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News Release 97-076

NSF Distinguished Lecturer Warns Higher Ed Must Adapt to World Forces of Change

December 15, 1997

This material is available primarily for archival purposes. Telephone numbers or other contact information may be out of date; please see current contact information at media contacts.

A former chancellor of the University of California-Berkeley today told engineers and scientists at the National Science Foundation (NSF) that "time is running out" for American higher education to adapt to world forces that are changing the nature of business, education and society.

Chang-Lin Tien delivered words of encouragement and warning during his NSF Distinguished Engineering Lecture concerning "future challenges facing American higher education." Now the university's NEC Distinguished Professor of Engineering, Tien stepped down earlier this year after serving seven years as chancellor.

Tien urged American colleges and universities to diversify their sources of financial support, to encourage young faculty to engage in teaching and basic research, and to reform the traditional tenure system. He also called on the higher education community to better foster racial and ethnic diversity among students and employees, to shift operational thinking from seeking short-term success to pursuing long-range goals and to become deeply involved with improving the quality of primary and secondary education.

"American higher education is still the best in the world, but it is very needy, very stressed," Tien said. Compared to universities and colleges in Europe and Asia, American schools appear to be doing very well, "but that is only because other countries are doing worse." Economic problems and administrative lethargy are worldwide problems that will only worsen unless campuses adopt fiscal and academic innovation, he said.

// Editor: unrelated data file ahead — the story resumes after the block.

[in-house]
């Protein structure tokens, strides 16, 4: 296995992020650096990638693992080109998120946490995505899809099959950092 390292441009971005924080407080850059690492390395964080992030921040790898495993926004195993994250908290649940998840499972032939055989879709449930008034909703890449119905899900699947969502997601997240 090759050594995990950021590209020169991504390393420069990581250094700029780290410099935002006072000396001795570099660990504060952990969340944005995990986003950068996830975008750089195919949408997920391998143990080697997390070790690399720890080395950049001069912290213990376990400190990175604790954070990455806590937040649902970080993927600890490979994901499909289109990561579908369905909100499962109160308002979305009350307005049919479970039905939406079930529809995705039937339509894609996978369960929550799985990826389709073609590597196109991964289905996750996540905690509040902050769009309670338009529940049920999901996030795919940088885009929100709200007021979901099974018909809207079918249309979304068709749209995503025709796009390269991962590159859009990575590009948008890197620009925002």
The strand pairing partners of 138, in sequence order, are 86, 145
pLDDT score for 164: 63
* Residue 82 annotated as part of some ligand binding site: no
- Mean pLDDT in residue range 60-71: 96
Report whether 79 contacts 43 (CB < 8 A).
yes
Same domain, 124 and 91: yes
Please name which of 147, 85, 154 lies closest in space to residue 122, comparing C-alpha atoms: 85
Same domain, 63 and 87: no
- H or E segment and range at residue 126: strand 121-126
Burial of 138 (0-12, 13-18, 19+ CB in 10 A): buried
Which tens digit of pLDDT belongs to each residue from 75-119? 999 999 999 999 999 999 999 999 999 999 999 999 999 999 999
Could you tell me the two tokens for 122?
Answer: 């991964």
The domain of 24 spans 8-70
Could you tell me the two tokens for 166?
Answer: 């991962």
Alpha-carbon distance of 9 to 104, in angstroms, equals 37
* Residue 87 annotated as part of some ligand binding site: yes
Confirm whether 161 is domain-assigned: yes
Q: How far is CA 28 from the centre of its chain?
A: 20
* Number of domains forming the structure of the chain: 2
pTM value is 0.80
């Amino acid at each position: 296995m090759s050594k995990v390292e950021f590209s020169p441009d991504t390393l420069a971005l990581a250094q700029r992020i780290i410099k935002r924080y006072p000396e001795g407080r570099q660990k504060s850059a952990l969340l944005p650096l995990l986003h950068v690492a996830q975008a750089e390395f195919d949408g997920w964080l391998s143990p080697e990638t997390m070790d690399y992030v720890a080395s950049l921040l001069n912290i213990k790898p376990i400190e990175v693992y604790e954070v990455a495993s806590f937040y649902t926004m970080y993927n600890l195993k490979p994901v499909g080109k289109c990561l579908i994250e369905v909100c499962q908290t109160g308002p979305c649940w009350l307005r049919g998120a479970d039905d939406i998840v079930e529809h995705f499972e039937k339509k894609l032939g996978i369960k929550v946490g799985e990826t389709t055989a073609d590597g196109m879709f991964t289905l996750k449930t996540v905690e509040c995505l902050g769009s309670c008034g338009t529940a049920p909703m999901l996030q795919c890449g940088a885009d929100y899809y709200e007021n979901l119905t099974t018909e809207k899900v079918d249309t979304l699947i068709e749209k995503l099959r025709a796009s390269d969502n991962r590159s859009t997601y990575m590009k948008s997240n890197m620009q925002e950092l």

Tien urged public universities to engage in more aggressive fund raising among their alumni, a source of largely untapped goodwill, he said. As chancellor, he shifted his university's portfolio from what he believed was an over-dependence on support from state and federal research funds.

Tien warned against a widening gulf between universities and secondary education. "American higher education must do something to improve the K-12 system - or pretty soon there will be no qualified students" to admit to U.S. colleges and universities. He urged universities to become "deeply involved" with helping to improve the curriculum and facilities of neighboring primary and secondary schools.

Tien said higher education must adapt more quickly to the information and telecommunications revolution. As chancellor, he replaced the adage for faculty to "publish or perish" with "get online or face decline." Among high-tech advancements, he urged "distance learning"--widespread, electronic education to an increasingly diverse population in need of technical skills. He said "shared teaching" among faculty from different disciplines and even different institutions will improve the quality of education and save scarce resources.

Recalling his own progress from being "a penniless immigrant" to the chancellorship of California's flagship public university, Tien said America's "democratic system and cultural diversity" make the United States especially adaptable to change and give it a competitive edge over its less democratic, more homogeneous neighbors. California's growing Asian and Hispanic populations, if well educated and employed, "can do wonders for our relations with the nations of the Pacific Rim and Latin America."

Tien's lecture was the second in the semi-annual series of Distinguished Engineering Lectures inaugurated this year at NSF. NSF has supported Tien's pioneering research in heat transfer engineering for three decades.


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The National Science Foundation (NSF) is an independent federal agency that supports fundamental research and education across all fields of science and engineering. In fiscal year (FY) 2018, its budget is $7.8 billion. NSF funds reach all 50 states through grants to nearly 2,000 colleges, universities and other institutions. Each year, NSF receives more than 50,000 competitive proposals for funding and makes about 12,000 new funding awards.

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